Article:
Io, Saturnalia! That translates roughly into "Yo! Saturnalia!" I've mentioned before how the Romans loved interjections, and io is one of them, and it really does mean "yo", or "ho", but not the nappy-headed type. It's also pronounced "yo". And Roman children often got io-ios for Saturnalia. Ha! I made a joke. I had to tell you because it was so bad.
Anyway, Saturnalia kicked off yesterday. "And what", you are certainly asking yourself or uttering at the screen, "is Saturnalia?" Stop reading that Wiki entry and finish this blog post, because I'm about to tell you.
Saturnalia was perhaps the most popular of all the dies festi and had been celebrated since before Caesar crumbled the Republic. It originally started out as a way of celebrating the dedication of the Temple of Saturn, who was the major harvest god in Rome. Usually, he was depicted as carrying a sheaf of wheat in one hand and a sickle in the other, representing that he was all about the planting and harvesting of crops. It just so happened that, in 217 BC, the Roman armies
got their asses kicked suffered a major loss at Lake Trasimenus at the hands of Chief Roman Enemy and User of Elephants, Hannibal. The promotion of Saturnalia was a way of improving public morale, because at this point, things weren't looking too good for the Roman armies. And when it comes to raising morale, Saturnalia was just what the doctor ordered.
It started out as a single day worth of celebration, on December 17th. However, it quickly became a week-long celebration, stretching from December 17th through December 23rd. As Rome recovered from the ass-kickings handed to it by the Carthaginians and subsequently began winning the Punic Wars, some thought that it was unnecessary to celebrate Saturnalia for a whole week.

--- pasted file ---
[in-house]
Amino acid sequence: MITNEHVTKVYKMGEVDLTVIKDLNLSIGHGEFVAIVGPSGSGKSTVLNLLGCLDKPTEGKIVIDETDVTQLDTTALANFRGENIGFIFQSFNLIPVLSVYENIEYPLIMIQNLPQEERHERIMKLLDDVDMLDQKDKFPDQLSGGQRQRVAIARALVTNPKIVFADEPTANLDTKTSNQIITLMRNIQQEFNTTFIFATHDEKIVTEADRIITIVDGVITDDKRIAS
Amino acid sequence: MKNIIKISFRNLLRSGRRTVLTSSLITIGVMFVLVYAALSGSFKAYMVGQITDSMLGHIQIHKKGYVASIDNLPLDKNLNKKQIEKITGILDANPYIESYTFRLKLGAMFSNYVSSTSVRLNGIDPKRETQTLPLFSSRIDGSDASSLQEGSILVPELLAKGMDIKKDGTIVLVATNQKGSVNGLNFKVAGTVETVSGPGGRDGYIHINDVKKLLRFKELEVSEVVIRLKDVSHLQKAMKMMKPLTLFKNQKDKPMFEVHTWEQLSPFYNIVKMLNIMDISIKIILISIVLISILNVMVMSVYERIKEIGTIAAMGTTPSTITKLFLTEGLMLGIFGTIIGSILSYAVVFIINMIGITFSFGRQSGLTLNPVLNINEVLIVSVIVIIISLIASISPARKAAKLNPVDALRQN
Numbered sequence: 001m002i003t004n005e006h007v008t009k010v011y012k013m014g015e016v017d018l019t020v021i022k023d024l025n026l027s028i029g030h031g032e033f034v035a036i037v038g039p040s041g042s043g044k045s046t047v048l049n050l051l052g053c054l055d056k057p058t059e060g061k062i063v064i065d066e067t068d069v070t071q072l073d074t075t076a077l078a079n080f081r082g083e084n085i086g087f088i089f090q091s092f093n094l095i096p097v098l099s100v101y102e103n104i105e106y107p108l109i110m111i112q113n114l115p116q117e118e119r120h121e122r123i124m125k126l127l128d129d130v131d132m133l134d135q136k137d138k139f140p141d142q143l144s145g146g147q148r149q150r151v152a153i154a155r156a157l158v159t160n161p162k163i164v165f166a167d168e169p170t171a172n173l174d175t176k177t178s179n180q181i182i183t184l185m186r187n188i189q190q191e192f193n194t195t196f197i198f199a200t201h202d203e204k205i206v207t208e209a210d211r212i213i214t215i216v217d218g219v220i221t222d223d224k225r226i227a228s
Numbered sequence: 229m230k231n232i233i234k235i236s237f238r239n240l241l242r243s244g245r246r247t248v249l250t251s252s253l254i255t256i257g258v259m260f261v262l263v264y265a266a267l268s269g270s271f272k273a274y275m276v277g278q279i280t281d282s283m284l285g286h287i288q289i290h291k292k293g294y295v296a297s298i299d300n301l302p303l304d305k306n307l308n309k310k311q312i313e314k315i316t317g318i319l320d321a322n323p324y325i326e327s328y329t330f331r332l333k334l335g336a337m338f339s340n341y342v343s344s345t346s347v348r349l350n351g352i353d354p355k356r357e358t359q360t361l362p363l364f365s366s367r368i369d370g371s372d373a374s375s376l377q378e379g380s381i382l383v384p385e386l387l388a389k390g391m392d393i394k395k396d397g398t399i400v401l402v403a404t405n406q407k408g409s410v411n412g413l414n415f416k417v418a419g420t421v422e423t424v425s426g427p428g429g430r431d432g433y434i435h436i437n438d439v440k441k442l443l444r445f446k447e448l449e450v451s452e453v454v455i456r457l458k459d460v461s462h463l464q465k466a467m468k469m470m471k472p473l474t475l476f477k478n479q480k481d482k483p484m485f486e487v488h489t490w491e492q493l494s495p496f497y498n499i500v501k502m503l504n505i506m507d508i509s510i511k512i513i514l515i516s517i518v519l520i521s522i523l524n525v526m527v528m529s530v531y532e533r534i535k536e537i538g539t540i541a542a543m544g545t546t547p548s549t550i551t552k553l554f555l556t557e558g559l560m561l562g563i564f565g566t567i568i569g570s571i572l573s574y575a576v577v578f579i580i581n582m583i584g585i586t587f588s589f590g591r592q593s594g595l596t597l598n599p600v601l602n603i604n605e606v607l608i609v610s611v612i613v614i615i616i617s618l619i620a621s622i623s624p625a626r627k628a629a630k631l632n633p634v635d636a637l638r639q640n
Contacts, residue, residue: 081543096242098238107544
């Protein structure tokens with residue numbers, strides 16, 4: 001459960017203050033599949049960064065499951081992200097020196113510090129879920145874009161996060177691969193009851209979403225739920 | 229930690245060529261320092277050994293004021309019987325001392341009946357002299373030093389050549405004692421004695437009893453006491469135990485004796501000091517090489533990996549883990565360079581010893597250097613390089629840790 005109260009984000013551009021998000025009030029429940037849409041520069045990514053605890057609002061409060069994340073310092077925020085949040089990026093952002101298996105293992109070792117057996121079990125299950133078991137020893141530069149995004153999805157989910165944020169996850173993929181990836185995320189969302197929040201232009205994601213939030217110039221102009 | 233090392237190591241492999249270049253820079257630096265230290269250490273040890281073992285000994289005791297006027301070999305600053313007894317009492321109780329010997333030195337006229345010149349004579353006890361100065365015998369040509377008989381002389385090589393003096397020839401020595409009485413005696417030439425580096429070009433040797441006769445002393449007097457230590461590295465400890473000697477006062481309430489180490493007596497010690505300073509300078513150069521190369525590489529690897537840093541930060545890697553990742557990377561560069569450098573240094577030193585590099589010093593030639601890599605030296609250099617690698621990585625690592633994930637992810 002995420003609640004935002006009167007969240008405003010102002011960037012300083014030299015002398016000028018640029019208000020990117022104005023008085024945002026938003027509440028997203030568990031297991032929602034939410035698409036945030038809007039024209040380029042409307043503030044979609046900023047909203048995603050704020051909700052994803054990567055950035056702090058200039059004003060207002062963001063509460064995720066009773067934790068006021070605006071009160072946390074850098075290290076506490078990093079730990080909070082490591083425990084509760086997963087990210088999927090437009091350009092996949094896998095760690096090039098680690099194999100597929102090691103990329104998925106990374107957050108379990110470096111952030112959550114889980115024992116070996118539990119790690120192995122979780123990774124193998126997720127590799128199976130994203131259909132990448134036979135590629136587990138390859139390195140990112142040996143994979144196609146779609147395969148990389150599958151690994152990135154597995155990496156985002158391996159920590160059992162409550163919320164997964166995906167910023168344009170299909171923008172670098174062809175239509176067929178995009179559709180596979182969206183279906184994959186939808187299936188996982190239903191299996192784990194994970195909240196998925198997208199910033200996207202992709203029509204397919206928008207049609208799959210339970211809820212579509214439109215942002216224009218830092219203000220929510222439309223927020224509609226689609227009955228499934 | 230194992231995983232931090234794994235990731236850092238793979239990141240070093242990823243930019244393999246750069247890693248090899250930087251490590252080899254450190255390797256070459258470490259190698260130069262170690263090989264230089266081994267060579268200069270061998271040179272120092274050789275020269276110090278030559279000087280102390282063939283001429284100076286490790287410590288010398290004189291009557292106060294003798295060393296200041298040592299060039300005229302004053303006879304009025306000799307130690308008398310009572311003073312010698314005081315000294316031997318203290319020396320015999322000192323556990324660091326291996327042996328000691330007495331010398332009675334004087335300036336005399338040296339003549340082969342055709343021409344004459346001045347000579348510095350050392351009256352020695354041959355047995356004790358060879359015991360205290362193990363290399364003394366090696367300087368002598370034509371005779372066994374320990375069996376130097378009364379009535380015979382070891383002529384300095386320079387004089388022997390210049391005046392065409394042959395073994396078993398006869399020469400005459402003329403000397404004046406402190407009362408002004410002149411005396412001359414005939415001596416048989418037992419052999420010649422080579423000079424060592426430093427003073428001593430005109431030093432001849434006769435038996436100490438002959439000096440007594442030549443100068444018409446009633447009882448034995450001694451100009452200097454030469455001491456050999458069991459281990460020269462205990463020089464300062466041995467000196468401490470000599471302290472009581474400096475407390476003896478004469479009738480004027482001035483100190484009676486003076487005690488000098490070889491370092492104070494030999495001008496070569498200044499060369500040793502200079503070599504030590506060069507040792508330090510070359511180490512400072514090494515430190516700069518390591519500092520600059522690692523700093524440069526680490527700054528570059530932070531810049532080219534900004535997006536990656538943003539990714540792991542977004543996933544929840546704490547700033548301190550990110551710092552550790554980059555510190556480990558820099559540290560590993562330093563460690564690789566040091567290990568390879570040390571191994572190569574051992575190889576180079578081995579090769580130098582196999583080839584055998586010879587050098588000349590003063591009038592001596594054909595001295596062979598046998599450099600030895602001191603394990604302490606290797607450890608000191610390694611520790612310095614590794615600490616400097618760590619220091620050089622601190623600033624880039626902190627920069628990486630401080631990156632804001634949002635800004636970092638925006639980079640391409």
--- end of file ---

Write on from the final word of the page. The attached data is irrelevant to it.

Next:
But the Roman citizens would have none of that horseshit. The Romans loved their holidays and celebrations, even more than they loved their interjections. Augustus, the first Roman Emperor, tried to limit the party to three days (unsuccessfully), and Caligula (whose name means "little boot") tried to limit the celebration to five.
Fun fact about Caligula: when he wasn't fucking other men's wives or banging his sisters or erecting statues of himself in various temples or killing for the sheer pleasure of it, he tried to install his horse, Incitatus, as a senator. When that failed, he tried to make the horse a priest. And you thought Gandalf and Shadowfax had a strange relationship.
Anyway, eventually the authorities stopped trying to harsh everyone's mellow in the Roman empire and just let them enjoy their Saturnalias. So, how did they celebrate Saturnalia? Well, first you get a couch, set it up in front of the temple of Saturn, and then elect some guy to cut the ropes that covered the statue through most of the year. Everyone rejoices. And now, with Saturn unleashed, we begin the "tomfoolery".
The tomfoolery in question was the "reversal of roles" in society. Slaves were allowed to sit and eat with the families they served (although they still made the meals) and the slaves were allowed to treat their owners/masters with disrespect. And there was much eating, as there were several feasts held during Saturnalia. And with feasting came drinking. Also, you didn't wear a toga during Saturnalia, but instead you wore more colorful and somewhat more formal clothing, your Sunday best, as it were. People played games and sang songs and danced. Trees were decorated with stars and moons and suns. It was a time for visiting friends and family. Often, you gave gifts during Saturnalia, such as candles or small, earthenware figurines called sigillaria. Also, people--especially the slaves who were "elevated to master" wore a jaunty little red cap called a pileus.
Wait a minute...this all sounds remotely similar...
But that's for next week's Latin lesson.
So, this weekend, while you're out finishing up shopping for your sigillaria, think about all the fun you could be having, at least after you've finished up with your holiday duties. Keep saying this over and again whenever the crowds are keeping you down and the fugly holiday sweater you wanted to buy someone isn't in the right size:
Pronounced: "in-eet-ee-oom ad bee-bain-doom noan poe-soom ex-pect-are-aye..."
If you're going to allow the true spirit of the holiday to wash over you this weekend, try this one on for size:
Pronounced: "Seem-ee-lee-boose foh-soar-ace bee-bah-moose et bah-lay-moose!"
Since it's Saturnalia, you should go home, lay on the couch, put on a silly little hat, get a drink, and lounge about waiting for all those candles, balls, lanterns and io-ios to come your way. I mean, it's Saturnalia! It's time to party like it's 19 or, 99. Io, Saturnalia!!!
[Note] I changed the second phrase to help reflect Gwen's weekend, since I swiped the dancing elf from her. It's now drink and dance. Io, Saturnalia!